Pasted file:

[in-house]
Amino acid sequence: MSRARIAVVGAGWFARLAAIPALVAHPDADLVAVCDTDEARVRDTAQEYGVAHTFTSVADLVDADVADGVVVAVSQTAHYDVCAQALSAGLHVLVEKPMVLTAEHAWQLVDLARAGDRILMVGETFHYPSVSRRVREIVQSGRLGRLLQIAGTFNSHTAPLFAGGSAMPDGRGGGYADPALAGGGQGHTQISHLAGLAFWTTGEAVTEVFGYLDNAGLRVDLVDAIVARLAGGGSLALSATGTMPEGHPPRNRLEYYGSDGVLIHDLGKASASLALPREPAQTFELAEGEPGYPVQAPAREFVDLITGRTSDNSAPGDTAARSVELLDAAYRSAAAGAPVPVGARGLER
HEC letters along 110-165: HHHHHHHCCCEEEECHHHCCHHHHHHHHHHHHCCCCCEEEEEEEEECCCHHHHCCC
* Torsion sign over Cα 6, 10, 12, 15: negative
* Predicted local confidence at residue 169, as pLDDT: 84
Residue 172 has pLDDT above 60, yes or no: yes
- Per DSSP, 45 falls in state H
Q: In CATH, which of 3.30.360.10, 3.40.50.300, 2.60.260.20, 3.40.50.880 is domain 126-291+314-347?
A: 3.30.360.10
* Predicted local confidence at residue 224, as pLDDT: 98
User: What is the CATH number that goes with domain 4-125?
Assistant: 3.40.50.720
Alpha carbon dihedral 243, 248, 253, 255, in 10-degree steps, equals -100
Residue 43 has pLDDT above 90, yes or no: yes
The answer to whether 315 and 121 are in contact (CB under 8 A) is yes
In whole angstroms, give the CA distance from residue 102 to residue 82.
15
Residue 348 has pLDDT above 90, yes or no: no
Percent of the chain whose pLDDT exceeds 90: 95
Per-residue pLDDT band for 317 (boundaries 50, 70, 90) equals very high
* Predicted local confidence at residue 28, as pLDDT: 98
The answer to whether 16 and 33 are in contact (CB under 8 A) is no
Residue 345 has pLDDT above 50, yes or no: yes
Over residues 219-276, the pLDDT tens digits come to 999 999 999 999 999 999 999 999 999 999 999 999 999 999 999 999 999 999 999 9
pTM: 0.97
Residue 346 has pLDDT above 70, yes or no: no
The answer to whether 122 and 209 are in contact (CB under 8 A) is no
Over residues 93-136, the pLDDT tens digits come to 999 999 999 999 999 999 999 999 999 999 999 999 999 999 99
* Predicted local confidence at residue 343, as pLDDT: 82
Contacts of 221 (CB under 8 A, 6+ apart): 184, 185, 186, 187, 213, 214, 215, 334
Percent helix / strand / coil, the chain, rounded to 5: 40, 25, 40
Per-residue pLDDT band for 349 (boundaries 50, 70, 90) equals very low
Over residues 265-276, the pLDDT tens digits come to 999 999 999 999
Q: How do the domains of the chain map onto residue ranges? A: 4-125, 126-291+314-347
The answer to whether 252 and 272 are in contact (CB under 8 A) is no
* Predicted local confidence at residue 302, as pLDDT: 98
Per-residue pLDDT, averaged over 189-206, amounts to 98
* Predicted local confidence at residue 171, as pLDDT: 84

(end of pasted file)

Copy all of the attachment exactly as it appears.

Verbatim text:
[in-house]
Amino acid sequence: MSRARIAVVGAGWFARLAAIPALVAHPDADLVAVCDTDEARVRDTAQEYGVAHTFTSVADLVDADVADGVVVAVSQTAHYDVCAQALSAGLHVLVEKPMVLTAEHAWQLVDLARAGDRILMVGETFHYPSVSRRVREIVQSGRLGRLLQIAGTFNSHTAPLFAGGSAMPDGRGGGYADPALAGGGQGHTQISHLAGLAFWTTGEAVTEVFGYLDNAGLRVDLVDAIVARLAGGGSLALSATGTMPEGHPPRNRLEYYGSDGVLIHDLGKASASLALPREPAQTFELAEGEPGYPVQAPAREFVDLITGRTSDNSAPGDTAARSVELLDAAYRSAAAGAPVPVGARGLER
HEC letters along 110-165: HHHHHHHCCCEEEECHHHCCHHHHHHHHHHHHCCCCCEEEEEEEEECCCHHHHCCC
* Torsion sign over Cα 6, 10, 12, 15: negative
* Predicted local confidence at residue 169, as pLDDT: 84
Residue 172 has pLDDT above 60, yes or no: yes
- Per DSSP, 45 falls in state H
Q: In CATH, which of 3.30.360.10, 3.40.50.300, 2.60.260.20, 3.40.50.880 is domain 126-291+314-347?
A: 3.30.360.10
* Predicted local confidence at residue 224, as pLDDT: 98
User: What is the CATH number that goes with domain 4-125?
Assistant: 3.40.50.720
Alpha carbon dihedral 243, 248, 253, 255, in 10-degree steps, equals -100
Residue 43 has pLDDT above 90, yes or no: yes
The answer to whether 315 and 121 are in contact (CB under 8 A) is yes
In whole angstroms, give the CA distance from residue 102 to residue 82.
15
Residue 348 has pLDDT above 90, yes or no: no
Percent of the chain whose pLDDT exceeds 90: 95
Per-residue pLDDT band for 317 (boundaries 50, 70, 90) equals very high
* Predicted local confidence at residue 28, as pLDDT: 98
The answer to whether 16 and 33 are in contact (CB under 8 A) is no
Residue 345 has pLDDT above 50, yes or no: yes
Over residues 219-276, the pLDDT tens digits come to 999 999 999 999 999 999 999 999 999 999 999 999 999 999 999 999 999 999 999 9
pTM: 0.97
Residue 346 has pLDDT above 70, yes or no: no
The answer to whether 122 and 209 are in contact (CB under 8 A) is no
Over residues 93-136, the pLDDT tens digits come to 999 999 999 999 999 999 999 999 999 999 999 999 999 999 99
* Predicted local confidence at residue 343, as pLDDT: 82
Contacts of 221 (CB under 8 A, 6+ apart): 184, 185, 186, 187, 213, 214, 215, 334
Percent helix / strand / coil, the chain, rounded to 5: 40, 25, 40
Per-residue pLDDT band for 349 (boundaries 50, 70, 90) equals very low
Over residues 265-276, the pLDDT tens digits come to 999 999 999 999
Q: How do the domains of the chain map onto residue ranges? A: 4-125, 126-291+314-347
The answer to whether 252 and 272 are in contact (CB under 8 A) is no
* Predicted local confidence at residue 302, as pLDDT: 98
Per-residue pLDDT, averaged over 189-206, amounts to 98
* Predicted local confidence at residue 171, as pLDDT: 84